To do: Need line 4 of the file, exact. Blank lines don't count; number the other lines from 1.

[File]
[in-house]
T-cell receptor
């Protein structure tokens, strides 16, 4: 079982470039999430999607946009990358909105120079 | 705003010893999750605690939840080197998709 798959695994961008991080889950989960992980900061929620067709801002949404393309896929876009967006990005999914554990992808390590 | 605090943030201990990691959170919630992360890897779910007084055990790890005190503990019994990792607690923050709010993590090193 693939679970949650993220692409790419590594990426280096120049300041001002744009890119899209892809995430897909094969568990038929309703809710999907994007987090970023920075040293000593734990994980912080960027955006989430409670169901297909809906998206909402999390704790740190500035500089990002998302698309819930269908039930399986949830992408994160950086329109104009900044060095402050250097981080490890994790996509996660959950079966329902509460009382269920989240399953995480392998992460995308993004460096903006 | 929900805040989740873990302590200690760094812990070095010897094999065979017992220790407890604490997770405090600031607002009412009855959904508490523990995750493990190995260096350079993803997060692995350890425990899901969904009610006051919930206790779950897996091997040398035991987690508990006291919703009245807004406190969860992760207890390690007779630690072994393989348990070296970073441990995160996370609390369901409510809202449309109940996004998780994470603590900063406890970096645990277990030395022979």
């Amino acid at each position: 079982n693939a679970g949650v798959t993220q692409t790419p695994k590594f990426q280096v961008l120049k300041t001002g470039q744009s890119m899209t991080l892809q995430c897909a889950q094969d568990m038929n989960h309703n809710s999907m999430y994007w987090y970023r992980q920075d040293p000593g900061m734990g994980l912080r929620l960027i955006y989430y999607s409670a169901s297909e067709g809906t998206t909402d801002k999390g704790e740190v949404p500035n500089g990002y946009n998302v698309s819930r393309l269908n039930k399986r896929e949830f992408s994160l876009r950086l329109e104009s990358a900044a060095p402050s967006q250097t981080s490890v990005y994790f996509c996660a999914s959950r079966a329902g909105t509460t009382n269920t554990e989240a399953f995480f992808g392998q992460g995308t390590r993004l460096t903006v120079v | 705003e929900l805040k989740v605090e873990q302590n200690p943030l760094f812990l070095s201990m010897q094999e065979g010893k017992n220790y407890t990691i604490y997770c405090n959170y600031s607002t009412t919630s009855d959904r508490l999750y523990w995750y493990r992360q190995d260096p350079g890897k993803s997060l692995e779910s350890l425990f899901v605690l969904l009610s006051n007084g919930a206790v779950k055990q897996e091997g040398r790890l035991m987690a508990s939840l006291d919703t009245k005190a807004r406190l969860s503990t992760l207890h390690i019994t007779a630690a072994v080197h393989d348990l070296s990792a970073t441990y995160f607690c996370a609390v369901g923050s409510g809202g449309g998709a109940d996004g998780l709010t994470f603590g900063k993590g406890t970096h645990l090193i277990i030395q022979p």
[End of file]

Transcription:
């Amino acid at each position: 079982n693939a679970g949650v798959t993220q692409t790419p695994k590594f990426q280096v961008l120049k300041t001002g470039q744009s890119m899209t991080l892809q995430c897909a889950q094969d568990m038929n989960h309703n809710s999907m999430y994007w987090y970023r992980q920075d040293p000593g900061m734990g994980l912080r929620l960027i955006y989430y999607s409670a169901s297909e067709g809906t998206t909402d801002k999390g704790e740190v949404p500035n500089g990002y946009n998302v698309s819930r393309l269908n039930k399986r896929e949830f992408s994160l876009r950086l329109e104009s990358a900044a060095p402050s967006q250097t981080s490890v990005y994790f996509c996660a999914s959950r079966a329902g909105t509460t009382n269920t554990e989240a399953f995480f992808g392998q992460g995308t390590r993004l460096t903006v120079v | 705003e929900l805040k989740v605090e873990q302590n200690p943030l760094f812990l070095s201990m010897q094999e065979g010893k017992n220790y407890t990691i604490y997770c405090n959170y600031s607002t009412t919630s009855d959904r508490l999750y523990w995750y493990r992360q190995d260096p350079g890897k993803s997060l692995e779910s350890l425990f899901v605690l969904l009610s006051n007084g919930a206790v779950k055990q897996e091997g040398r790890l035991m987690a508990s939840l006291d919703t009245k005190a807004r406190l969860s503990t992760l207890h390690i019994t007779a630690a072994v080197h393989d348990l070296s990792a970073t441990y995160f607690c996370a609390v369901g923050s409510g809202g449309g998709a109940d996004g998780l709010t994470f603590g900063k993590g406890t970096h645990l090193i277990i030395q022979p």